The fruits of a strengthening economic recovery in the UK must be shared with public sector workers by ending their pay rise freeze, said the head of the Trades Union Congress.
Britain's economy is set to grow by around 3% in 2014, according to Bank of England forecasts, as every sector reports higher output and adds more jobs.
But the government says its austerity programme to restructure public finance and erase the structural deficit is far from over, with more spending cuts planned.
Part of this austerity had been a cap on public sector wage rises of 1%, after a period of frozen salaries, which is below price inflation and so amounts to a real-terms cut in pay for those working for the state.
"Whether they work in town halls, hospitals or central government departments, public servants everywhere are facing a huge squeeze on their incomes," said TUC General Secretary Frances O'Grady in a speech at Unite the Union's annual conference in Liverpool.
"Pay restraint was a bitter pill to swallow during the dark days of recession, but now the economy looks to be back on its feet, public sector workers are understandably angry that their pay continues to be held down.
"Pay rises way below the cost of living, coming hard on the heels of several years of pay freezes, have left family budgets stretched to the limit. Now, as economic pressures seem to be lifting, the government is still insisting on keeping public sector workers' pay down.
"The recovery remains some way off for our hard-working, dedicated midwives, nurses, teachers, dinner ladies and other public servants. For them several years more of financial worry and frugal living lie ahead."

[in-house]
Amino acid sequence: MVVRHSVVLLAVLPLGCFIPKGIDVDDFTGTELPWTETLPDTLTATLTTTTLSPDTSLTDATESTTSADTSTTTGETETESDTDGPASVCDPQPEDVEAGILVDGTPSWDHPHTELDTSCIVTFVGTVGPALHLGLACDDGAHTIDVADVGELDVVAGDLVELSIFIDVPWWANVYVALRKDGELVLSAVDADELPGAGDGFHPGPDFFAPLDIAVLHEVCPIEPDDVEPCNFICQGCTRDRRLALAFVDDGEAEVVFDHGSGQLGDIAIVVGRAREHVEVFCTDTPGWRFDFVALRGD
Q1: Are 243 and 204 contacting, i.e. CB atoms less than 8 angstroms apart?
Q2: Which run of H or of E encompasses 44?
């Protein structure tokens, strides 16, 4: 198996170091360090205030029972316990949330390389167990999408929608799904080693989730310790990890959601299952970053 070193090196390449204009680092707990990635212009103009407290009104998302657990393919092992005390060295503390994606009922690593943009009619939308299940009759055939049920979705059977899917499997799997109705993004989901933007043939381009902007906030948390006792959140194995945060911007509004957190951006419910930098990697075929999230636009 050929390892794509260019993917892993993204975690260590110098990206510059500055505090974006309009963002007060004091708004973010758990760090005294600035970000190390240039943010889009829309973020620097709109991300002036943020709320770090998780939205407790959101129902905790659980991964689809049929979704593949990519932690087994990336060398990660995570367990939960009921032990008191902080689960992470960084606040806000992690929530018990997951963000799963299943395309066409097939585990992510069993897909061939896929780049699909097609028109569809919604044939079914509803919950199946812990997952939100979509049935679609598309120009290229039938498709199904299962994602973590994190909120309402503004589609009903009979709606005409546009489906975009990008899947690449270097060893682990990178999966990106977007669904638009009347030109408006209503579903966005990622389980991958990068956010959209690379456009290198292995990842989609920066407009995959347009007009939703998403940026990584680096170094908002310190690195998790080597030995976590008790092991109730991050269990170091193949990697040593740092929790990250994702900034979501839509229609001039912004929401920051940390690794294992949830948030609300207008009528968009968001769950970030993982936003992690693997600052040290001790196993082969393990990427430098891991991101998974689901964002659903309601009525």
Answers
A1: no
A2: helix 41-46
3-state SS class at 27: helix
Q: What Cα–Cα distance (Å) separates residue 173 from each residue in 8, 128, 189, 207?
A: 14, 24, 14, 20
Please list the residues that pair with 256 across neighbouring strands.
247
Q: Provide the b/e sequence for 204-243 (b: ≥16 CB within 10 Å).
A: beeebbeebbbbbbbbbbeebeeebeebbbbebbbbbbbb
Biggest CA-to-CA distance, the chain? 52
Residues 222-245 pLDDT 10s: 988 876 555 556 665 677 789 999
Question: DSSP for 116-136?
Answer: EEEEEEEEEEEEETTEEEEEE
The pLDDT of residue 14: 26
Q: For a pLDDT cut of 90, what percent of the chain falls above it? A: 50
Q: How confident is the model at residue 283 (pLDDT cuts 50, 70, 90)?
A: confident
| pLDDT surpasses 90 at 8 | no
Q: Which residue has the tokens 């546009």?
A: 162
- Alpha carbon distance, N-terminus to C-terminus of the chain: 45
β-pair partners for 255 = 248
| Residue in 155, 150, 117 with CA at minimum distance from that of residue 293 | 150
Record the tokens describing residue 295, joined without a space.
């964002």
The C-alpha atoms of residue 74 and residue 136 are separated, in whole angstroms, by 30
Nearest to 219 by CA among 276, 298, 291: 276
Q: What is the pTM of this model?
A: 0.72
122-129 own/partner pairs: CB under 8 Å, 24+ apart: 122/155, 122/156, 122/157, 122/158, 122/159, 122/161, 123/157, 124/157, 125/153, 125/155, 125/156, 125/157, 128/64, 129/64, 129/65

The government inherited a budget deficit in public finances worth the equivalent of 11% of GDP. As a result, government borrowing to plug the gap between tax receipts and spending has pushed up the public debt pile to more than £1.2tn.
In order to close this gap, Chancellor George Osborne has slashed structural public spending, such as welfare payments and the central government grant to local authorities.
Instead of raising taxes too, Osborne has focused almost all of his austerity on spending cuts. This is so he could do things such as cut corporation tax and lift the personal allowance threshold to £10,000 to support the UK economic recovery.
His critics have said the post-financial crisis slump, which was worsened by the outbreak of the sovereign debt crisis across the eurozone, a key trading partner of the UK, is a reason to increase public spending to spur on economic growth, not slash it.
Once the economy has healed, they argue, it is time for fiscal restructuring, which will limit the effect on the poor and vulnerable who rely on the welfare payments and public services currently being cut.
But Osborne and the government say the deficit must be erased as soon as is possible to stop the debt pile spiralling even higher and ensure the UK can access the bond markets cheaply by retaining investor confidence in the integrity of its public finances.